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Nearly $40 million worth of legal weed sold across Illinois in January

About three-fourths of the spending was by Illinois residents, the Illinois Department of Financial and Professional Regulation reported Monday.

The first batch of customers make their purchases at Rise Joliet. A new ordinance aims to streamline the zoning process to attract a flood of new cannabis license winners.
Illinois residents spent $30.6 million on legal weed in January, the Illinois Department of Financial and Professional Regulation reported Monday.
Sun-Times file

Nearly $40 million was spent on recreational pot in Illinois in the first 31 days of legalization, marking the second largest rollout in the country’s history.

Despite facing a pervasive supply shortage, 41 Illinois dispensaries sold 972,045 individual pot products totaling $39.2 million in sales, according to figures provided by the Illinois Department of Financial and Professional Regulation. Of that, $30.6 million was spent by Illinois residents, while the rest was spent by visitors from out of state.

Andy Seeger, an analyst at the Brightfield Group, a Loop-based cannabis industry research firm, noted that January’s sales totals were only trumped by California’s roughly $70 million in first month sales in 2018. Illinois is trailed by Nevada, which unloaded over $27 million worth of recreational pot when sales kicked off in 2017.

Still the pace of sales slowed substantially from the first week of legalization in Illinois. On Jan. 1, $3.2 million worth of pot products sold. By the end of the first five days of sales, total sales hit $10.8 million, or more than $2 million per day.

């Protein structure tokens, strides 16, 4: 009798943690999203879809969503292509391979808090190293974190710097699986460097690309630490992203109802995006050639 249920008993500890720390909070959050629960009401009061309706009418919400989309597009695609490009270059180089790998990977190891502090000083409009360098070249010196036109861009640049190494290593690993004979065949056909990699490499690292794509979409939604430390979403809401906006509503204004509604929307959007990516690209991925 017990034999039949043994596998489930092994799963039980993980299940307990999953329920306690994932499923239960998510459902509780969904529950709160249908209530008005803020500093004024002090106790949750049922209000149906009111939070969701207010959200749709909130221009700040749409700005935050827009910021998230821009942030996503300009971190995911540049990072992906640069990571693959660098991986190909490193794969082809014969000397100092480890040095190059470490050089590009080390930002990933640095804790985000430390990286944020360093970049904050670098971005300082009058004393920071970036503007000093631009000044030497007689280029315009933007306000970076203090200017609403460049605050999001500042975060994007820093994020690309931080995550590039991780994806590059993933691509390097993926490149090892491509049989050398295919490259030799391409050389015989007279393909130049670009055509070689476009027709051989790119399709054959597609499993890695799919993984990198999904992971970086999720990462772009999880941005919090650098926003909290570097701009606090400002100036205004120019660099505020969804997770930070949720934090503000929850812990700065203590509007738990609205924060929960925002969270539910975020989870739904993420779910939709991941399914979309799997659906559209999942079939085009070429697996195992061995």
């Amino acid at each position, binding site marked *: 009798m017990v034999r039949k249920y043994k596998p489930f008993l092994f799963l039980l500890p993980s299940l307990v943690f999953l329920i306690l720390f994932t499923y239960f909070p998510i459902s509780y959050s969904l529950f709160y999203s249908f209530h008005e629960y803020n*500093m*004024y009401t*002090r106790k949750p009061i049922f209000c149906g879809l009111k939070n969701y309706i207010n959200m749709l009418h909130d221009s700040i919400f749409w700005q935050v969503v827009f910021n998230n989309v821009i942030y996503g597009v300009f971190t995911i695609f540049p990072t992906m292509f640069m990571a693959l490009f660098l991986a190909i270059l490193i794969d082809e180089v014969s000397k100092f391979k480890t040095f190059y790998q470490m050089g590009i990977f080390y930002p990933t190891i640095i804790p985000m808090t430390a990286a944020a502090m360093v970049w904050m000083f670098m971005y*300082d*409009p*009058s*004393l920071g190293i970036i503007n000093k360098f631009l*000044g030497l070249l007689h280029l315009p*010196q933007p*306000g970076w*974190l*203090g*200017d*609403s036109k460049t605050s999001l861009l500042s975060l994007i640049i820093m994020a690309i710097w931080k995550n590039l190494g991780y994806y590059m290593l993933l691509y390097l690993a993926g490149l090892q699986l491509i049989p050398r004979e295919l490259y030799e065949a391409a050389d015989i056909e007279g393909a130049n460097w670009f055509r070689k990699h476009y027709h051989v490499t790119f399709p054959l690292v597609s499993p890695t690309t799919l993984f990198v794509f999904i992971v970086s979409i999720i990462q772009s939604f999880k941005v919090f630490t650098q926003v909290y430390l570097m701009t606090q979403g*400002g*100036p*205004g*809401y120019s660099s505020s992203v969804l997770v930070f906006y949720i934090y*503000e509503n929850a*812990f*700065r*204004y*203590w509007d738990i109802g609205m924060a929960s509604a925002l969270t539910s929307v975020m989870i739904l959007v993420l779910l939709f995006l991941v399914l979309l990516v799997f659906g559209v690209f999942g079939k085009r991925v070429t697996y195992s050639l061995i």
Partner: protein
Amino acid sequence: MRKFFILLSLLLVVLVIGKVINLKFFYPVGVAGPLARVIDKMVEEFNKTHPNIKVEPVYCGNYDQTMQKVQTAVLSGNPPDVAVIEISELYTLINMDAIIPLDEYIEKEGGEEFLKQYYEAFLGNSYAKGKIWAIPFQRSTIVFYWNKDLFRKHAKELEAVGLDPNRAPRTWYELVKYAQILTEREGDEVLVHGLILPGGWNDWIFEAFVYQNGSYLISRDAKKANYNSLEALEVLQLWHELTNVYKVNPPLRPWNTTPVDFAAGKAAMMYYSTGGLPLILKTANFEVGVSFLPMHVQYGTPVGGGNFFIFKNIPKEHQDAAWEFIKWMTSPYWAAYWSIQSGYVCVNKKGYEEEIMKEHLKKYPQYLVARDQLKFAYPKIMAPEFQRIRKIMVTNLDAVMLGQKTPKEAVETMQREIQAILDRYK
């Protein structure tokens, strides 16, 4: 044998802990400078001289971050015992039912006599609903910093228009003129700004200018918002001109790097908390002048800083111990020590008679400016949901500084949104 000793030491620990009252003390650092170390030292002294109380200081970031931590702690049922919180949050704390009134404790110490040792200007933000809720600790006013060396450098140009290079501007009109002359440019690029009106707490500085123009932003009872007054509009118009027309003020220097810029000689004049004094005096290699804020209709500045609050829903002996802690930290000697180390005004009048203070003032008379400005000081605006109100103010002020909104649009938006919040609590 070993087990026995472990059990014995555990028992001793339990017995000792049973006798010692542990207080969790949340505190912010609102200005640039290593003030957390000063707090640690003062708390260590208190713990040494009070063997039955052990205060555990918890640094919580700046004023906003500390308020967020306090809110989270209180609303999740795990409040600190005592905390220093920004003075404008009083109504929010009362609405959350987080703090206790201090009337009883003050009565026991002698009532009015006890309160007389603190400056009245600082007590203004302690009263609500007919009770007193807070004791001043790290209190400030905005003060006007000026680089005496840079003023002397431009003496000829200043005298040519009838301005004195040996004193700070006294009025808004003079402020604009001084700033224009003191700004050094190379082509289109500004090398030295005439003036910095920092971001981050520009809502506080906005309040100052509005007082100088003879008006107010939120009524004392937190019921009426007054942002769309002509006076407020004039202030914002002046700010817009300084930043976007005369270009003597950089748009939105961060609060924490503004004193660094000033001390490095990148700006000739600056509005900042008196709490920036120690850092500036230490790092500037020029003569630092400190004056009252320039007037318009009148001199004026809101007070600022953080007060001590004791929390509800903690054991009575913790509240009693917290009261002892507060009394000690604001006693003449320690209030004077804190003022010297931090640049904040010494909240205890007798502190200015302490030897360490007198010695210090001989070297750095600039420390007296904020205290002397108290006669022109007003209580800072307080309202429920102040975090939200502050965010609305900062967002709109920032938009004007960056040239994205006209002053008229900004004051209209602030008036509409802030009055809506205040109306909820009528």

Since that first week, pot shops have had ongoing problems getting enough pot products from the state’s 21 cultivators, forcing many pot shops to limit recreational sales. NuMed in West Town, for example, is only opening to recreational customers on Tuesdays and Saturdays.

“We are hoping to expand that to more days very soon,” said spokesman Jonah Rapino. “We’ve been doing a lot of work behind the scenes to make sure we have the right relationships with the cultivators in Illinois to make sure we have more supply for all of our locations, including Chicago.”

NuMed, which also operates dispensaries in East Peoria and Urbana, was able to stockpile product ahead of Jan. 1. However, Rapino said the company simply didn’t have enough weed to consistently serve the “hordes” of new customers.

Though analysts predict the shortage could persist for months, Rapino is already seeing more product come available.

“It’s not like a leap forward,” he said. “It’s definitely inching along towards better.”

Meanwhile, Mission in South Chicago hasn’t once had to close its doors to recreational shoppers.

Kris Krane, president of the dispensary’s parent company 4Front Ventures, said the store first ran out of dried cannabis flower about a week ago, adding that the shop has set strict purchasing limits. For example, recreational customers can only buy an eighth of an ounce of flower — or 3.5 grams — which is far lower than the 30 grams allowed by state law.

Krane said supply has been “consistent” but inadequate, adding that it’s been a day-to-day struggle to stay stocked.

“Things are running as smoothly as we can get them,” he said.

Seeger said the sales totals ultimately highlight “how much demand exists even in the face of low supply and high taxes.”

“We expect Illinois to become a healthy, nationally leading market once mature and these figures bolster that view,” he added.

Toi Hutchinson, Gov. J.B. Pritzker’s senior adviser for cannabis control, touted the state’s “successful launch,” adding that Illinois’ pot industry will create “new opportunities for entrepreneurs and the very communities that have historically been harmed by the failed war on drugs.” In addition to reinvesting a portion of recreational weed sales into those communities, so-called social equity applicants will also earn extra points on applications for upcoming cannabis licenses.

Total medical sales in January, meanwhile, weren’t released. But patients in Illinois bought more than $27 million of pot products in December.